The kids crawled all over the outlook area and at one point Tom decided the railing was not meant for him. One of the others spoke to him and I turned to see him outside the railing on the edge of the rock. He was not in any danger but he was definitely one step away from a very high fall. I got him back on the right side of the railing and explained to him about staying there. He told me he likes climbing rocks… Great!
We determined that we had about 21 minutes until sunset at 6:47 pm and just enough time to reach Olson Lookout tower for the sunset. So we took off in that direction. I caught up to a pick-up truck moving slowly and patiently (yeah right) waited behind until they pulled over to stop for something. I stopped at the intersection with 717 for the rest of the group to catch up then turned up to the tower.
I got there with the kids just in time to climb up for the last 10 seconds. Ted was gung-ho but Tom got a little iffy when we got to the first landing and decided to go back to the ground. Keith agreed to accompany Ted to the top so up they went. Tom decided that maybe he would try to go up a couple landings after all. We went one or two past where Donna had decided to stop, and we took a look around at the twilight horizon. It was beautiful, even if we missed the actual sunset.
The folks at the top discovered the observation deck was open and peeked inside for a quick look around. Meanwhile, Tom decided he’d had enough and walked back down with me. Soon the rest of the gang made their way back to terra firma and got loaded up to leave.
We drove down to pavement and followed it back into Davis where we stopped at the grocery store for last minute supplies. I bought some drinks for the the kids and me, and marshmallows were acquired for the campfire later.
Jeremy took point for the drive back into camp so he could try out his newly mounted roof lighting without scorching those in front of him. At my direction we drove a little too far south for the entrance to the Canaan Loop, so backtracked to the upper entrance and drove out to the camp. A couple spots on the road provided mild entertainment.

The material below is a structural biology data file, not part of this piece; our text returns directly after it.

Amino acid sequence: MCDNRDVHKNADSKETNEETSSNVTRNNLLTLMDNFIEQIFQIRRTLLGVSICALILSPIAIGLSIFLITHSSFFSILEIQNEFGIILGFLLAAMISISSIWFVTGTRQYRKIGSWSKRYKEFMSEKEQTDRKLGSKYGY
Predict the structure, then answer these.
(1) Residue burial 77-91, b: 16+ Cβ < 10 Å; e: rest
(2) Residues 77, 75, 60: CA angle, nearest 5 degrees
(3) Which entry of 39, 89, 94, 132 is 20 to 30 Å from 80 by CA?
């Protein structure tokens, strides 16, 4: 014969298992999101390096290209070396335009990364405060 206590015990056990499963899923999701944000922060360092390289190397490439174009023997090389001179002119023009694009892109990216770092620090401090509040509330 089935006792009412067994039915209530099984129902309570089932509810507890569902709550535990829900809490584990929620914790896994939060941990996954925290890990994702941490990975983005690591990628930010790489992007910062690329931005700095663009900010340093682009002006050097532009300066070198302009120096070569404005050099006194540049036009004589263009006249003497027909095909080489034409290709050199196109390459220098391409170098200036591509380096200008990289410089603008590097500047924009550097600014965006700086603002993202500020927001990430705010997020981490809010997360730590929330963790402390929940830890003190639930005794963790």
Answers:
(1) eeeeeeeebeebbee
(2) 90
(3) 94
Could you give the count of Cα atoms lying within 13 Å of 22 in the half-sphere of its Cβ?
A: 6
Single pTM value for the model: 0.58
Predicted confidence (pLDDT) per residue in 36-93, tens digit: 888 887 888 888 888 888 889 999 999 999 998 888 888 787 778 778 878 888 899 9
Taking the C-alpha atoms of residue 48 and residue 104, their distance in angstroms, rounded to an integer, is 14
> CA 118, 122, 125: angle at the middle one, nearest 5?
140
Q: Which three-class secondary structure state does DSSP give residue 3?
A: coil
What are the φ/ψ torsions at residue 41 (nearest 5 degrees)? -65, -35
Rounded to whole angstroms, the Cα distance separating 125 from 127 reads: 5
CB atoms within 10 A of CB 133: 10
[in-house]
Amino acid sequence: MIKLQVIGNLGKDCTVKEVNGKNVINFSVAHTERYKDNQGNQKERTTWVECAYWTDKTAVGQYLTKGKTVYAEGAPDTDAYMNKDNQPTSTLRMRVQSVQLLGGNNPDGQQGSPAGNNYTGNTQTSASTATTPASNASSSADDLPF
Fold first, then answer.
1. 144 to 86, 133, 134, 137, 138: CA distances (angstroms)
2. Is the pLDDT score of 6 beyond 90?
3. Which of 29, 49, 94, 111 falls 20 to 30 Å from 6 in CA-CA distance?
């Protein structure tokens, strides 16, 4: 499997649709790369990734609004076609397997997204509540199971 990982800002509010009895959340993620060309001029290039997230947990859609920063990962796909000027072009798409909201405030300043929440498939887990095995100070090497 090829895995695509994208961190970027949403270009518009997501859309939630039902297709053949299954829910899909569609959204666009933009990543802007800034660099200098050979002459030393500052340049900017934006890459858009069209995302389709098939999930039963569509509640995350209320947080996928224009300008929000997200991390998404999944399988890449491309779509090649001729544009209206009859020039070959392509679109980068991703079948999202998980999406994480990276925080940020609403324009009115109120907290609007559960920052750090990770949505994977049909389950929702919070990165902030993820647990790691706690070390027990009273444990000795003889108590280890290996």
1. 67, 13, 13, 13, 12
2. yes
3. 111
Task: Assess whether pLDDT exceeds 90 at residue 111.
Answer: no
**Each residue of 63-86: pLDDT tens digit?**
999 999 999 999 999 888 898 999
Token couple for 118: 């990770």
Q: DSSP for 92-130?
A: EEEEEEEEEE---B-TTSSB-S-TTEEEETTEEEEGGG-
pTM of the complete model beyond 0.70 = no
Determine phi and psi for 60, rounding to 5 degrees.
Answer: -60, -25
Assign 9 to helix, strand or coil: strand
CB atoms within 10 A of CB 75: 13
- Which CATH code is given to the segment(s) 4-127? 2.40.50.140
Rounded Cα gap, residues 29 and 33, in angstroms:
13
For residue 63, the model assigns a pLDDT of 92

We reached camp a little after 8:00 PM, and located it by GPS coordinate. Everything was untouched and we quickly had a fire going. We cooked up supper and took it easy for a while. The kids got some marshmallows and then went into the tent to unwind and go to sleep. I stayed by the fire and relaxed in that way that a warm fire on a cool night can make you do. Pretty soon I hit the sack, no doubt snoring a streak to the delight of my fellow campers…
We all got up late in the morning and had a leisurely breakfast. Keith provided a musical backdrop to our activities. I made oatmeal for the kids and me, along with coffee for the thermos and breakfast. Then I got Ted’s help packing everything up.
We would break camp before hitting the trail. This activity kept everyone busy for the better part of two hours.
Finally the last was stowed and we hit the trail for Dolly Sods Wilderness Area. The air was cool and dry; the sun was shining; and there was not a cloud in the sky. The weather could not have been better.
The drive back out was a little different than the day before. I was still aired down though I did put a few pounds of air back in the tires to accommodate the load of our camping gear. Along the way we took pictures of the little rough spots that we passed over.
We passed a number of people who had driven in to the first part of the loop to look at the various scenic spots along the canyon. We continued to pavement and stopped at a wide spot to regroup and plan the afternoon. We agreed to drive on and have lunch a little later, though my kids were so hungry that I made them lunch on the spot to keep them happy and quiet.
The drive to Dolly Sods took us through the Canaan Valley.
It could not have been much more beautiful. The road descends into the valley and then passes through a pretty resort area. A ski lift is visible in the distance, and several shops dot the landscape. The edge of the wilderness area can be seen to the left of the far side of the valley.
We reached our turn-off and dropped down into a hollow then followed a winding road back up the side of the ridge. Pretty soon the road turned to gravel and continued deeper into the woods. There was plenty of traffic and no doubt there were many people out for a day of sight-seeing just like us.
We stopped at a picnic area to have lunch. By that time I am sure that everyone was really tired as it had been nearly two hours since our last stop.
The night before, I had given the kids each 25 cents to buy something from the gumball machines at the grocery store. They each bought little chain necklaces. Now Tom discovered that he had lost his and that the world was going to end. So I spent some time helping him compose himself then went looking for it. We eventually found it in the Jeep under the driver’s seat. I took the time to air up and reconnect since I knew we were done wheeling for the weekend. Even though I was pretty well off the side of the road, the traffic in both directions made it a little dangerous so I managed to keep the kids out of the road while I worked.